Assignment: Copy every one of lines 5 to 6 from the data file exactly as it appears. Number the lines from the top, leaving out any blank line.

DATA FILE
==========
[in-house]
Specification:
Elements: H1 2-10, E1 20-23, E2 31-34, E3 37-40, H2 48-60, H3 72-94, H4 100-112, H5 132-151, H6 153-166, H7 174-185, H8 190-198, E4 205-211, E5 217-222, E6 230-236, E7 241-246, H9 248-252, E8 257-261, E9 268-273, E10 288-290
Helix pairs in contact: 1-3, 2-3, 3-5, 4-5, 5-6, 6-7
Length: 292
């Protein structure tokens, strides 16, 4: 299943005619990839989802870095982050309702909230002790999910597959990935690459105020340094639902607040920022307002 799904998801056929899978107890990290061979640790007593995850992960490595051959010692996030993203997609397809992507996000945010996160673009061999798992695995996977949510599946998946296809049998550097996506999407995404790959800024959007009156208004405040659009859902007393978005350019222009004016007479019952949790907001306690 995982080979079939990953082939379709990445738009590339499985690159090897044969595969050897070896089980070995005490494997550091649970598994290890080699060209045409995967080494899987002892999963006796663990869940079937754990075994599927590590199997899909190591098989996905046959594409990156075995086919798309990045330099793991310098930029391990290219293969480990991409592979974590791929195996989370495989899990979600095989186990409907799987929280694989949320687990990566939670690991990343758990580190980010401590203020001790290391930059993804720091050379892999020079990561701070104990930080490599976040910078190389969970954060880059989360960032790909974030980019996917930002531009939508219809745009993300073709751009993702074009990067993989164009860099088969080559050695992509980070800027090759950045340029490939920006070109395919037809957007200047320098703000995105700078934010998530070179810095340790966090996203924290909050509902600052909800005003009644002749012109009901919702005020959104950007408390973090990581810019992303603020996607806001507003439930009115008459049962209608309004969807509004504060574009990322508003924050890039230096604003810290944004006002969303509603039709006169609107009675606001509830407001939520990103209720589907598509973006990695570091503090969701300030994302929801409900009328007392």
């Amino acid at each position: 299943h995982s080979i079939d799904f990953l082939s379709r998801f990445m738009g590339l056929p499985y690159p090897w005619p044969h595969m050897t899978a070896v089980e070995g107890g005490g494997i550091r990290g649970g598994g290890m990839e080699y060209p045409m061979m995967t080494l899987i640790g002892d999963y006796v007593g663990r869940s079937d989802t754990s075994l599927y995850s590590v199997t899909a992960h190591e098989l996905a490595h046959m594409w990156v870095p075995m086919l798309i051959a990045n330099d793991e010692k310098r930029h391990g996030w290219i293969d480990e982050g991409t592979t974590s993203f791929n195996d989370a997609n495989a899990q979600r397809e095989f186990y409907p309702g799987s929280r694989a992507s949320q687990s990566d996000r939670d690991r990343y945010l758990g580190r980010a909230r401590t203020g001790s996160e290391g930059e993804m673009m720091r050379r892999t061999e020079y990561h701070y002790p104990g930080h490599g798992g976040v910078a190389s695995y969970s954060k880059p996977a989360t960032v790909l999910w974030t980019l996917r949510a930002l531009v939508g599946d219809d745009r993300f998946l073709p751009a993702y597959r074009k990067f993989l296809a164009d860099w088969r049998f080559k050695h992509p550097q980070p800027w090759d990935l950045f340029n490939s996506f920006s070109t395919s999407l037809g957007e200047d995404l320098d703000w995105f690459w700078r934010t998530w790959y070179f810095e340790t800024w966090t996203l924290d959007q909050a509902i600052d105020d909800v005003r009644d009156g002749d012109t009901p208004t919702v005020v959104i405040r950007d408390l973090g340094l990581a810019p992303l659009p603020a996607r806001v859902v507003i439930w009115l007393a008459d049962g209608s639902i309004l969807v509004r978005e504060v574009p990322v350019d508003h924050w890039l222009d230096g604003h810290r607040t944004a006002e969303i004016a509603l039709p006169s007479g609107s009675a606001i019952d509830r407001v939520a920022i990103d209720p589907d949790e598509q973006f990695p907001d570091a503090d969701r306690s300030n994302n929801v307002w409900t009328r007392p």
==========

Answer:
Length: 292
């Protein structure tokens, strides 16, 4: 299943005619990839989802870095982050309702909230002790999910597959990935690459105020340094639902607040920022307002 799904998801056929899978107890990290061979640790007593995850992960490595051959010692996030993203997609397809992507996000945010996160673009061999798992695995996977949510599946998946296809049998550097996506999407995404790959800024959007009156208004405040659009859902007393978005350019222009004016007479019952949790907001306690 995982080979079939990953082939379709990445738009590339499985690159090897044969595969050897070896089980070995005490494997550091649970598994290890080699060209045409995967080494899987002892999963006796663990869940079937754990075994599927590590199997899909190591098989996905046959594409990156075995086919798309990045330099793991310098930029391990290219293969480990991409592979974590791929195996989370495989899990979600095989186990409907799987929280694989949320687990990566939670690991990343758990580190980010401590203020001790290391930059993804720091050379892999020079990561701070104990930080490599976040910078190389969970954060880059989360960032790909974030980019996917930002531009939508219809745009993300073709751009993702074009990067993989164009860099088969080559050695992509980070800027090759950045340029490939920006070109395919037809957007200047320098703000995105700078934010998530070179810095340790966090996203924290909050509902600052909800005003009644002749012109009901919702005020959104950007408390973090990581810019992303603020996607806001507003439930009115008459049962209608309004969807509004504060574009990322508003924050890039230096604003810290944004006002969303509603039709006169609107009675606001509830407001939520990103209720589907598509973006990695570091503090969701300030994302929801409900009328007392």